With the popularity of Pokémon Go the world over, the evidence is clear: we’re truly ready to embrace augmented reality. But is your start-up prepared to engage with customers in the virtual world?
ShortPress finds out what you can do to ensure your business is ready for the competitive new virtual space, without blowing your budget.
Landon Curry, managing director of advertising and gaming animation studio RedCartel, says that virtual reality and augmented reality can bring customers closer to your products in a way that can’t be achieved in a 2D environment.
“Allowing customers to explore your product and the features they are interested in, particularly the details that interest them the most, can give you a much more targeted marketing experience,” he says. “Adding interactivity also engages the customer on a deeper level.”
It’s no wonder more and more brands are now jumping on the virtual bandwagon. In the past year, L’Oreal rolled out its Makeup Genius app based on facial mapping technology, which turns a smartphone or iPad camera into a virtual mirror that women can use to try on L’Oréal products in real-time.
More recently, eBay announced its unprecedented partnership with Myer to showcase the first ever ‘virtual retail store’ where customers can shop in 3D using a phone app and a simple virtual reality headset.
Often a simple, well-executed solution can get your message across as opposed to a full-blown room-scale virtual reality experience.
But while there’s certainly a wow factor in big brands using the new technology, Curry says virtual reality can still be accessible for start-ups, and it doesn’t have to be expensive and complex.
“Often a simple, well-executed solution can get your message across as opposed to a full-blown room-scale virtual reality experience,” he says. “You need to be mindful that the user will be able to see your content from all angles, this is particularly true with augmented reality as the user has control over the virtual camera.”
Curry says RedCartel often executes budget virtual reality campaigns for clients that involve somewhat simple, but well executed, virtual reality applications.
“And often clients already have content they use for promotion or marketing which can be repurposed into virtual reality content cost effectively,” he says. “This could be as simple as repurposing an existing website or brochure and converting it into a virtual reality showcase with immersive 360 stereoscopic depth.”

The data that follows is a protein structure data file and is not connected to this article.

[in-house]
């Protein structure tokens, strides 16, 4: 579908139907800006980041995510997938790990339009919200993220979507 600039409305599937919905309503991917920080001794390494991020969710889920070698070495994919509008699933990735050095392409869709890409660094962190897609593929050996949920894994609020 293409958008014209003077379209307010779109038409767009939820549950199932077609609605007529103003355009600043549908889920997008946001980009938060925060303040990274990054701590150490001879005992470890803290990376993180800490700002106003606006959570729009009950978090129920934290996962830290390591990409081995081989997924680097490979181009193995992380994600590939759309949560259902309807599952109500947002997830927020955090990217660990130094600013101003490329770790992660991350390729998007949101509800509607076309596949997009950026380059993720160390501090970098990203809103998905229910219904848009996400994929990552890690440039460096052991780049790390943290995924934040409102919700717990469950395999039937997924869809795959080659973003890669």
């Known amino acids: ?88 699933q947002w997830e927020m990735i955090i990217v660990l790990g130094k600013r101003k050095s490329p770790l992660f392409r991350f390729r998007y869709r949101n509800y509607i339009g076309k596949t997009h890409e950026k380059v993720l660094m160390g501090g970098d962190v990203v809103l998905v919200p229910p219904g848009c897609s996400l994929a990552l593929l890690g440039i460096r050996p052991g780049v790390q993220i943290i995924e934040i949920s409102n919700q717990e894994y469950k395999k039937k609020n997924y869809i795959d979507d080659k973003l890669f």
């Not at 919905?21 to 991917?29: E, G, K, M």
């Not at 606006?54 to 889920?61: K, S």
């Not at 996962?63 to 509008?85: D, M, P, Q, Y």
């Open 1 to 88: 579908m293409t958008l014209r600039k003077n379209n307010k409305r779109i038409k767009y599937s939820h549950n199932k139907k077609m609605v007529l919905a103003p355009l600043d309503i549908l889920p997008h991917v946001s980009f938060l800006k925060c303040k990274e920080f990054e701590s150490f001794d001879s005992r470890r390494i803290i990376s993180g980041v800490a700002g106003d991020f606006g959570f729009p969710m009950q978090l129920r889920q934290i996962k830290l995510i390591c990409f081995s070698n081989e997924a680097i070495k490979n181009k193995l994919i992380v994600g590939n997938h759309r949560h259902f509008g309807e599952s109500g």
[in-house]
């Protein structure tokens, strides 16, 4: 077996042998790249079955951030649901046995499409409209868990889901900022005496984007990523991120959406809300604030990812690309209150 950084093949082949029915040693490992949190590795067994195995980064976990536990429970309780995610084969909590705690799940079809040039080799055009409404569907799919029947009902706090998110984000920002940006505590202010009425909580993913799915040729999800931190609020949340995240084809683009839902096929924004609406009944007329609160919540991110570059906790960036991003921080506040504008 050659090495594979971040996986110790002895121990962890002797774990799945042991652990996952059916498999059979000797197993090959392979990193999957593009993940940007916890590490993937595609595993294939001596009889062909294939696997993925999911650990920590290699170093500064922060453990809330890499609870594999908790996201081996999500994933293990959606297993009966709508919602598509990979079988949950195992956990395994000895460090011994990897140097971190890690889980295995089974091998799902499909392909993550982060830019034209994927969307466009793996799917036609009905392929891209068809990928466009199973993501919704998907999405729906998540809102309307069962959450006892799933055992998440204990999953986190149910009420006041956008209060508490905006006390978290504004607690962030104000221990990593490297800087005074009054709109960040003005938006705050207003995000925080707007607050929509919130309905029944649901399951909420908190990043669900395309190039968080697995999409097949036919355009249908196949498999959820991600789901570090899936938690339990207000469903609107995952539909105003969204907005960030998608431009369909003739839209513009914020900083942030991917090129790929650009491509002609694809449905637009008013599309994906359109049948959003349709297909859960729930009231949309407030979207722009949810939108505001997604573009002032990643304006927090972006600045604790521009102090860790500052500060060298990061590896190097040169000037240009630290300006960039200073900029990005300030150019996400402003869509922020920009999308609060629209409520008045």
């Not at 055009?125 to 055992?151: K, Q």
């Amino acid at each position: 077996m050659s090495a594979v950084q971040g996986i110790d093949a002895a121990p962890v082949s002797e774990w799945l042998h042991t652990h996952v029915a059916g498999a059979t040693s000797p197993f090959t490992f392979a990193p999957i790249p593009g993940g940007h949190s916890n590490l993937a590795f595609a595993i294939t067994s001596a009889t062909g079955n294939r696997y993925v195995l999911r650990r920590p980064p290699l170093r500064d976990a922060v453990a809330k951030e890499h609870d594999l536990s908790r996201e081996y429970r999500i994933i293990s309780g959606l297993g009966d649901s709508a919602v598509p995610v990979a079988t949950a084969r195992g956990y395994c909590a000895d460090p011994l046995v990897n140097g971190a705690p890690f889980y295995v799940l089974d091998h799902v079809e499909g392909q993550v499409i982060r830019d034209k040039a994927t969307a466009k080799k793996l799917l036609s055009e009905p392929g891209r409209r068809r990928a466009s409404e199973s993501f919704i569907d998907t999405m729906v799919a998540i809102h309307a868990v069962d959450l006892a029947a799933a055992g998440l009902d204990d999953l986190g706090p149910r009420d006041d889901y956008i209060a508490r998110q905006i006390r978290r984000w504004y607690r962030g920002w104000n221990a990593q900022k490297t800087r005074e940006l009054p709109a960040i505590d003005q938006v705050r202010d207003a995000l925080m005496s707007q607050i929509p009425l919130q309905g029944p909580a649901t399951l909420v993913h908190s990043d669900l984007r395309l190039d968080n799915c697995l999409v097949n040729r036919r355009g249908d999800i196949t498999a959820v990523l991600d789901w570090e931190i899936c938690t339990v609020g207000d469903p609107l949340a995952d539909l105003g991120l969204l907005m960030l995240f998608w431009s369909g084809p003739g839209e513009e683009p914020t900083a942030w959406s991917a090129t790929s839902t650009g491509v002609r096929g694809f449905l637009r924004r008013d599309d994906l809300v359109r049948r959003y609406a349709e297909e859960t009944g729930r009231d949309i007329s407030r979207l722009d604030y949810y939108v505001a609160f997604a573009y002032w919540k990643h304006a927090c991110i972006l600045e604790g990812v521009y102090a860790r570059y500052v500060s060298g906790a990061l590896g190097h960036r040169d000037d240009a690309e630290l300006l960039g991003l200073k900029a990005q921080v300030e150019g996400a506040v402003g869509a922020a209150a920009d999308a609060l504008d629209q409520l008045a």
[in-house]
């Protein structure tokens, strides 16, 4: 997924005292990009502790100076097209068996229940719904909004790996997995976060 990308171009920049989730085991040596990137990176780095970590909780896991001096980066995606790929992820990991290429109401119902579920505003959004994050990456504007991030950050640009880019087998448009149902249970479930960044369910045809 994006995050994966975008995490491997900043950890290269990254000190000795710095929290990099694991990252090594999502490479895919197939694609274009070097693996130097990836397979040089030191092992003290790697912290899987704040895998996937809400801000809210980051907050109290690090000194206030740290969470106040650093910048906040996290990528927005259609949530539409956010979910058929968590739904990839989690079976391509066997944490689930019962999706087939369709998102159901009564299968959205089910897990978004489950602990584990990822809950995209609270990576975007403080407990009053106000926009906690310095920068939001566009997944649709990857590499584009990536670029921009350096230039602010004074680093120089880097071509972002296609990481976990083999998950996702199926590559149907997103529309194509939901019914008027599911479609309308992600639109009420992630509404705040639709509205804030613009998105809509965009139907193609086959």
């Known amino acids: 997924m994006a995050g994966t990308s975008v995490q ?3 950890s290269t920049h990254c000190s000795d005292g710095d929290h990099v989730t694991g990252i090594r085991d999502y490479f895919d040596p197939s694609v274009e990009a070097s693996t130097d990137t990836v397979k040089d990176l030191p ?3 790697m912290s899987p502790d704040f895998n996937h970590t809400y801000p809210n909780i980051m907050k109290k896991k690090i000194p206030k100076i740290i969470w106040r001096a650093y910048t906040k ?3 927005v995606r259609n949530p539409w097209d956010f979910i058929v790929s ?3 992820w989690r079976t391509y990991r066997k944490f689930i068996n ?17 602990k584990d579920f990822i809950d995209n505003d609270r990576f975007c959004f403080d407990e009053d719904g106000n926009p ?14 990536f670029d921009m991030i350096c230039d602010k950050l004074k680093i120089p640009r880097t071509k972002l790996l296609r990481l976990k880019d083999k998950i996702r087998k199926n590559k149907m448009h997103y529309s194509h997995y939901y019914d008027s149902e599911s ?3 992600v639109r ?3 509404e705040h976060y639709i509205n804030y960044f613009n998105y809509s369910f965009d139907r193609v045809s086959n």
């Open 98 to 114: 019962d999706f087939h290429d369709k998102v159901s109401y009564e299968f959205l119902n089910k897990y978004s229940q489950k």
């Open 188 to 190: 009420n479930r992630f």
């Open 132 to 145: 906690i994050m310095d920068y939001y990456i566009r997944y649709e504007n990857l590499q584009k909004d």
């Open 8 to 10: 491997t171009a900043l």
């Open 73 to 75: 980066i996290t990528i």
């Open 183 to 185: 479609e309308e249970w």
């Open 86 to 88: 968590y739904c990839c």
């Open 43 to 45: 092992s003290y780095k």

In order to kick-start your virtual reality strategy, Curry suggests not to be too ambitious to start, especially if you have a limited budget.
First, take the time to explore the various technologies and what their pros and cons are.
“First, take the time to explore the various technologies and what the pros and cons are,” he says. “Then sample some existing experiences to get an idea as to which technology best suits your needs.
“You’ll then get a good understanding of the different types of virtual reality and augmented reality so you can make an educated decision as to what platform will work for you.”
Ultimately, Curry predicts most brands, if not all, will eventually see some benefit from having a virtual reality application.
“Even if it’s a simple virtual showroom of their services or products that they can take to clients or provide free of charge on the app stores,” he says. “Using technologies like cloud serving, these apps can be updated fairly easily with the latest content so your virtual reality showcase is always up to date.”
So what’re the key steps to making your start-up virtual reality-ready on a budget?
- Accept the fact that virtual reality as a customer engagement tool is here to stay
- Do your homework, research your options and don’t dive straight in
- Start simple, test and learn before building up slowly
- Think about repurposing existing 2D content into 3D immersive experiences
Azadeh Williams is a former business and finance news editor at Thomson Reuters, Azadeh Williams has written over 3,000 articles in her 15-year international career on business, technology, marketing and innovation for the likes of The Times, CMO Magazine and Fast Business. She has also lectured in business journalism and media law at Macleay College.